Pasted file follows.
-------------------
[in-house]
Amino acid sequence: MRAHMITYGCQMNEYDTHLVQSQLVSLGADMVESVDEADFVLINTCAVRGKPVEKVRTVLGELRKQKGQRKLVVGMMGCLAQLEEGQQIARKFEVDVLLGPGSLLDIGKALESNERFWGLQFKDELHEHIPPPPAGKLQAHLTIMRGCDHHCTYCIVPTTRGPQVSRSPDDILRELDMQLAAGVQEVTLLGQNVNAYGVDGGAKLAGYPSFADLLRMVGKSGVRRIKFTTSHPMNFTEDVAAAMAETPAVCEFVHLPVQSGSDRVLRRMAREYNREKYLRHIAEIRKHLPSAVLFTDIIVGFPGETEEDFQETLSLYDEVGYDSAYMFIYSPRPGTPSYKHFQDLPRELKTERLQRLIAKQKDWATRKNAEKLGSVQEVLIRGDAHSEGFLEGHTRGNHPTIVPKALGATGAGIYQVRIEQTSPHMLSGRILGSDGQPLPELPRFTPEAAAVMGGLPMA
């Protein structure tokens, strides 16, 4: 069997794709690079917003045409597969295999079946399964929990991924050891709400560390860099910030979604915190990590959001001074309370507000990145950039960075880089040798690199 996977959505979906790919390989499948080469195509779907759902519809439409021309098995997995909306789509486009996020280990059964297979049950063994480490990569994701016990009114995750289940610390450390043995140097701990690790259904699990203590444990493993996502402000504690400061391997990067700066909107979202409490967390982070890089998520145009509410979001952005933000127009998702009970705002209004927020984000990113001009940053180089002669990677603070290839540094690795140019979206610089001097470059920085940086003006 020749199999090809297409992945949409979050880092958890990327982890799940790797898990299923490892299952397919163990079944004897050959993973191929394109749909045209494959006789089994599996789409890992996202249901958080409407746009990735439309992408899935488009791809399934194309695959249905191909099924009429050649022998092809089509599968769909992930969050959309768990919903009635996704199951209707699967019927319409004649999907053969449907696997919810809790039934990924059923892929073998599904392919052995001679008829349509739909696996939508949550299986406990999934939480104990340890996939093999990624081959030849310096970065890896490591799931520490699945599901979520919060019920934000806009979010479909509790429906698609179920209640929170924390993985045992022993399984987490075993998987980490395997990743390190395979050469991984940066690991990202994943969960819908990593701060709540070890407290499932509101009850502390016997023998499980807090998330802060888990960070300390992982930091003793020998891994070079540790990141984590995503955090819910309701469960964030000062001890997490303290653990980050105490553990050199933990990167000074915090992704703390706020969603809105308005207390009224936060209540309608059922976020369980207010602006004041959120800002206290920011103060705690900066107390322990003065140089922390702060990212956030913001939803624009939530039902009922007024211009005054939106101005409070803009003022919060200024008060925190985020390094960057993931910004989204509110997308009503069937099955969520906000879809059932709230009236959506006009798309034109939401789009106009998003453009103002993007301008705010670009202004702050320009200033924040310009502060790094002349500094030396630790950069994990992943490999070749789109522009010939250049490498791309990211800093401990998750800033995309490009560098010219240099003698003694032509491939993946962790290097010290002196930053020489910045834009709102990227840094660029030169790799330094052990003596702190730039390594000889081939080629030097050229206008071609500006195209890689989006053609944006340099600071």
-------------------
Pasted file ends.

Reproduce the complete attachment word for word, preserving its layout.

[in-house]
Amino acid sequence: MRAHMITYGCQMNEYDTHLVQSQLVSLGADMVESVDEADFVLINTCAVRGKPVEKVRTVLGELRKQKGQRKLVVGMMGCLAQLEEGQQIARKFEVDVLLGPGSLLDIGKALESNERFWGLQFKDELHEHIPPPPAGKLQAHLTIMRGCDHHCTYCIVPTTRGPQVSRSPDDILRELDMQLAAGVQEVTLLGQNVNAYGVDGGAKLAGYPSFADLLRMVGKSGVRRIKFTTSHPMNFTEDVAAAMAETPAVCEFVHLPVQSGSDRVLRRMAREYNREKYLRHIAEIRKHLPSAVLFTDIIVGFPGETEEDFQETLSLYDEVGYDSAYMFIYSPRPGTPSYKHFQDLPRELKTERLQRLIAKQKDWATRKNAEKLGSVQEVLIRGDAHSEGFLEGHTRGNHPTIVPKALGATGAGIYQVRIEQTSPHMLSGRILGSDGQPLPELPRFTPEAAAVMGGLPMA
């Protein structure tokens, strides 16, 4: 069997794709690079917003045409597969295999079946399964929990991924050891709400560390860099910030979604915190990590959001001074309370507000990145950039960075880089040798690199 996977959505979906790919390989499948080469195509779907759902519809439409021309098995997995909306789509486009996020280990059964297979049950063994480490990569994701016990009114995750289940610390450390043995140097701990690790259904699990203590444990493993996502402000504690400061391997990067700066909107979202409490967390982070890089998520145009509410979001952005933000127009998702009970705002209004927020984000990113001009940053180089002669990677603070290839540094690795140019979206610089001097470059920085940086003006 020749199999090809297409992945949409979050880092958890990327982890799940790797898990299923490892299952397919163990079944004897050959993973191929394109749909045209494959006789089994599996789409890992996202249901958080409407746009990735439309992408899935488009791809399934194309695959249905191909099924009429050649022998092809089509599968769909992930969050959309768990919903009635996704199951209707699967019927319409004649999907053969449907696997919810809790039934990924059923892929073998599904392919052995001679008829349509739909696996939508949550299986406990999934939480104990340890996939093999990624081959030849310096970065890896490591799931520490699945599901979520919060019920934000806009979010479909509790429906698609179920209640929170924390993985045992022993399984987490075993998987980490395997990743390190395979050469991984940066690991990202994943969960819908990593701060709540070890407290499932509101009850502390016997023998499980807090998330802060888990960070300390992982930091003793020998891994070079540790990141984590995503955090819910309701469960964030000062001890997490303290653990980050105490553990050199933990990167000074915090992704703390706020969603809105308005207390009224936060209540309608059922976020369980207010602006004041959120800002206290920011103060705690900066107390322990003065140089922390702060990212956030913001939803624009939530039902009922007024211009005054939106101005409070803009003022919060200024008060925190985020390094960057993931910004989204509110997308009503069937099955969520906000879809059932709230009236959506006009798309034109939401789009106009998003453009103002993007301008705010670009202004702050320009200033924040310009502060790094002349500094030396630790950069994990992943490999070749789109522009010939250049490498791309990211800093401990998750800033995309490009560098010219240099003698003694032509491939993946962790290097010290002196930053020489910045834009709102990227840094660029030169790799330094052990003596702190730039390594000889081939080629030097050229206008071609500006195209890689989006053609944006340099600071």